Listening – a reflection by Alison Rose

And months later, on the back of a scrumpled receipt, you uncover a bleeding scribble and think: ‘wow, who wrote that?’ Cut and paste to a search engine in pursuit of mystery scribble. Press a button marked ‘Images’. Scroll trite words balanced on backgrounds of spikey mountains. Become slack-jawed by intoxicating ideas of ‘no pain no gain’ ‘the undoable is doable’, ‘you can change your life if you could just…change your thoughts’. But the bleeding scribble is elusive. 

‘Well, I couldn’t have written it’ you say to the screen. ‘It’s far too good for me! Did someone say it on the telly? Was it on a T-Shirt? A mug? The cover of a journal? Did the man who came to fix the boiler say it? Did my cat telepathically beam it to me?”

I pin the runty receipt to my cork board; the origins of this scribble haunt me. If I wrote this, I’m a better writer than I think…

My fragile human ego is governed by self-doubt. If you want to be a writer, then write. Deep sigh. Should I sit and write something? My mind kicks and screams, procrastination at full throttle.  What’s the point of writing? Who do I think I am? Nobody will read it anyway

And then comes a split second of clarity, just a hint of a whisper, like a feathery dusting of hope, a shallow tremor of a smile. What was that? Speak up!

I’ve no time to write today. I have books to read, films to watch, a wall to paint, a garden to plant. Perhaps I’ll write when I’ve finished composing my lists of what to buy, to cook, to waste… I could save time if I compose said lists wallowing in fragrant bubbles.  And I must wipe the kitchen worktops, put away the laundry, windup the grandfather clock. If a tidy house is a tidy mind, it will help me to focus. Unless tidiness hoards my creativity like a squirrel storing nuts for winter – kept away, out of sight, never sharing. Best leave the coffee stains and socks then. Perhaps just windup the clock.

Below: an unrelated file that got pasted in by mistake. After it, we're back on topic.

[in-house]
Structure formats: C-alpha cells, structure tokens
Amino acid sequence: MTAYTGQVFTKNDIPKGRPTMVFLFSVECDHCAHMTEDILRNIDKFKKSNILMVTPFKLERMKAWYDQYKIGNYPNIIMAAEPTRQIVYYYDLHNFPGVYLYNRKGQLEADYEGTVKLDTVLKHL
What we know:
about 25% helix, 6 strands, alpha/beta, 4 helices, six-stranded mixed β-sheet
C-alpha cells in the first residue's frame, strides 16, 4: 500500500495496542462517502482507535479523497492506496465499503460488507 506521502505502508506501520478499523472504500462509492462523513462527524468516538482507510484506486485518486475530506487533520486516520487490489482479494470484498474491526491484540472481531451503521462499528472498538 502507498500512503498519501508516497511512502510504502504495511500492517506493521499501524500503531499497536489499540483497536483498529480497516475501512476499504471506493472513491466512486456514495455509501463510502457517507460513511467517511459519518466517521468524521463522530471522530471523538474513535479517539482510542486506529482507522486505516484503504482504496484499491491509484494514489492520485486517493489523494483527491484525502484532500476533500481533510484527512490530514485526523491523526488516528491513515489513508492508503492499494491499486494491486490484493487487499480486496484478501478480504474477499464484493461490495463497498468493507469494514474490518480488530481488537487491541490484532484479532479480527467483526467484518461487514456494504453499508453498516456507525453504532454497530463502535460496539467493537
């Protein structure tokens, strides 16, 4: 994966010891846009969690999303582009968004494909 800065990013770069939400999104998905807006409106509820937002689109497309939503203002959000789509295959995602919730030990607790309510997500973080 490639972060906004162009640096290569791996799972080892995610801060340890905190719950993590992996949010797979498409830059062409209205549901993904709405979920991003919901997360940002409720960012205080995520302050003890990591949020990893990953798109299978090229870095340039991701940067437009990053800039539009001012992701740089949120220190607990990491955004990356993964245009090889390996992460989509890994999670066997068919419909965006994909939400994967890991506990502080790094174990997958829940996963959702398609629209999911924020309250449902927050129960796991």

It’s 10am. The cat sleeps. Despite myself I type a chapter heading. Tippity-tap-tap. Maybe another few lines. Miaow. Lunchtime. Cat’s awake, telepathically beaming again: ‘tuna please’. 

There’s that pesky feathery whisper again.

2,000 words! Where did they come from? I like that bit of alliteration. I sit. Still and curious. Hazy, lazy, drowning in the day, my purpose in this seat is reluctant, unclear.  I Google: ‘why do cats stare you out’? Ah. ‘How often does a cow fart’? Oh!

Again, that feathery whisper, the unseen gentle voice.

And then.

A pink bloom unfolds like lover’s lips flounced over a custard-cream pie. My breath slows and deepens. I hold it and hear inspiration weaving her whispers through my parched mind like lemon-specked sorbet quenching a scorched chin. The feather settles, the whisper is clear, her presence an undeniable sunset, her gaze tethering, her willpower burning magnificence, a power greater than my own. 

And then I recall. The scrumpled bleeding rhyme and unfamiliar reason. A few months back stranded on an angry bus stalled outside The Ritz I scribbled whispered words of wisdom on the back of a receipt. The words were lost in the chaos of the day. I could barely hear her then but now, this time, I’m listening.

Alison Rose: Twenty years ago, having struggled to engage with traditional psychotherapy, Alison Rose began a spiritual journey towards recovery from childhood trauma. Now advocating a ‘road less travelled’ approach to healing, her first online course and accompanying book will be published later this year. 

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